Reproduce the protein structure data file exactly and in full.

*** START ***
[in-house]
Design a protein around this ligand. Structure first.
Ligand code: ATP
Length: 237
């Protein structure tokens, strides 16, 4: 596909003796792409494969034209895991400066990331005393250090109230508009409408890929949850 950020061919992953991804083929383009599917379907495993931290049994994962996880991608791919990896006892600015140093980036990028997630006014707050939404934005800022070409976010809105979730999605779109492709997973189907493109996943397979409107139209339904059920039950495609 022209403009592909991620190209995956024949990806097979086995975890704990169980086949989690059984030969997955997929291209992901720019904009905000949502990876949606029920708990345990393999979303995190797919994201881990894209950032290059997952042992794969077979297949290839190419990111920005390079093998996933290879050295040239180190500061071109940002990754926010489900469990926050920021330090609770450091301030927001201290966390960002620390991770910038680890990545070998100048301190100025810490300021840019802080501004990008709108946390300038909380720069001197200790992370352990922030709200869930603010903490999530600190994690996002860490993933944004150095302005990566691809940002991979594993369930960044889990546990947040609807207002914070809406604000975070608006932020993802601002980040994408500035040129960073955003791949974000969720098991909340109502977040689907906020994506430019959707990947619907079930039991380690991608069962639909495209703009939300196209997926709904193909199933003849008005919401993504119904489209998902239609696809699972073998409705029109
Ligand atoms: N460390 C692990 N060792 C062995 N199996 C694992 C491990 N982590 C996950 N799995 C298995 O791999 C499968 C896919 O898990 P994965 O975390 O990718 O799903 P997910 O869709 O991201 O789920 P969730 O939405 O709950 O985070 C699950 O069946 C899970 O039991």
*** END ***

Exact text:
[in-house]
Design a protein around this ligand. Structure first.
Ligand code: ATP
Length: 237
């Protein structure tokens, strides 16, 4: 596909003796792409494969034209895991400066990331005393250090109230508009409408890929949850 950020061919992953991804083929383009599917379907495993931290049994994962996880991608791919990896006892600015140093980036990028997630006014707050939404934005800022070409976010809105979730999605779109492709997973189907493109996943397979409107139209339904059920039950495609 022209403009592909991620190209995956024949990806097979086995975890704990169980086949989690059984030969997955997929291209992901720019904009905000949502990876949606029920708990345990393999979303995190797919994201881990894209950032290059997952042992794969077979297949290839190419990111920005390079093998996933290879050295040239180190500061071109940002990754926010489900469990926050920021330090609770450091301030927001201290966390960002620390991770910038680890990545070998100048301190100025810490300021840019802080501004990008709108946390300038909380720069001197200790992370352990922030709200869930603010903490999530600190994690996002860490993933944004150095302005990566691809940002991979594993369930960044889990546990947040609807207002914070809406604000975070608006932020993802601002980040994408500035040129960073955003791949974000969720098991909340109502977040689907906020994506430019959707990947619907079930039991380690991608069962639909495209703009939300196209997926709904193909199933003849008005919401993504119904489209998902239609696809699972073998409705029109
Ligand atoms: N460390 C692990 N060792 C062995 N199996 C694992 C491990 N982590 C996950 N799995 C298995 O791999 C499968 C896919 O898990 P994965 O975390 O990718 O799903 P997910 O869709 O991201 O789920 P969730 O939405 O709950 O985070 C699950 O069946 C899970 O039991």